• sponge for washing dishes (because if there are any they are usually gross. I carry the sponge in a resealable plastic bag and I microwave it on high for 10 – 20 seconds periodically during my travels to keep it smelling fresh.)
  • liquid dish soap in a small plastic container
  • a few cubes of dishwasher detergent (often there isn’t enough provided and it’s a pain to buy a whole box)
  • decent sized Corelle bowl (it won’t break and it’s great for microwaving food without the food overflowing)
  • Corelle plate (also for microwaving food, and sometimes used as a cutting board)
  • parchment paper (already cut into the size pieces you want and put in a resealable plastic bag–I use this for baking sweet potatoes in an oven–makes clean up super easy)
  • backpack with wheels (a GREAT way to carry food from a grocery store–it is my carry on bag when flying) I love my backpack on wheels!
  • reusable shopping bags (I like to buy these from various places that I’ve visited. Most recently, I was stuck in the London airport for 5 hours, so I bought this bag as a consolation prize!) 
  • various sizes reseable plastic bags for storing food (snack size, sandwich size, quart and gallon size)
  • scrub brush for potatoes
  • disposable gloves (for washing dishes or scrubbing potatoes)
  • small packets of laundry detergent and dryer sheets (this isn’t food related but I bring these too. 🙂 )
  • food for traveling
  • food for while on vacation if you don’t think you can find it at a store
  • 2 smaller sized food thermoses for hot foods
  • an insulated lunch bag for cold foods
  • a few plastic storage containers for foods that go in the insulated lunch bag (these will be holding food already for your travels so it’s not like you need extras unless you want them for some reason)
  • Blue Ice to keep your food cold (but not for international travel or long trips by plane because they will defrost and security will take them. Instead, for long plane flights take quart sized resealable bags–double bag them to prevent leaks and use ice, refilling in airports or on the plane as needed.)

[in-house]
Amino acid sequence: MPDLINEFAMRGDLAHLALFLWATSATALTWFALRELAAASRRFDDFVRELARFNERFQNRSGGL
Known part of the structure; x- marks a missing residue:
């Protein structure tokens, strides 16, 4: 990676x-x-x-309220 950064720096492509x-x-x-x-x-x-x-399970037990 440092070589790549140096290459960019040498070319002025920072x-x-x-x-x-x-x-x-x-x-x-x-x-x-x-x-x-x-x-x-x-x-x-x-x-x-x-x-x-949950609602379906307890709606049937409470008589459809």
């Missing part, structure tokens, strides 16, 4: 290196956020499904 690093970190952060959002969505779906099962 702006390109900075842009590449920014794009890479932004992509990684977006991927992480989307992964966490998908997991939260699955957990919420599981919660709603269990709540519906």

• sturdy plastic silverware (I buy the kind used for camping or backpacking)
  • measuring cup (I bring a 1/3 cup measure for that is the amount of dry rice cereal I eat each morning.)
  • napkins or paper towels (just enough for the trip to your first destination)

Here’s a photo of some of my supplies for our recent trip to Europe:

On car trips, in addition to the above mentioned supplies, I bring:

  • My beloved Instant Pot (which I have yet to name, but I’m leaning towards Mrs. Potts)  🙂
  • a Duffel bag to hold my Instant Pot and all the above supplies
  • a roll of paper towels

I just returned from a two week vacation to France and Spain. We booked places that had kitchens (Booking.com, AirBnB or VRBO). I made food for my trip and put some in my two thermos bottles and the rest in plastic containers in my insulated food bag. I also took extra dried food in case my trip was delayed and I was stuck somewhere. This consisted of instant rice and dehydrated refried beans. The thought was I could add hot water to these foods and they could rehydrate and it would give me something to eat if nothing suitable was available. (It’s tough when you can’t eat wheat, corn, dairy and nuts.) I also packed instant brown rice, rice cereal and packages of already cooked rice in my luggage. I wanted some quick cooking foods because I didn’t want to spend all my time cooking. I wanted to be sightseeing!  Those foods ended up being very helpful and I used them all!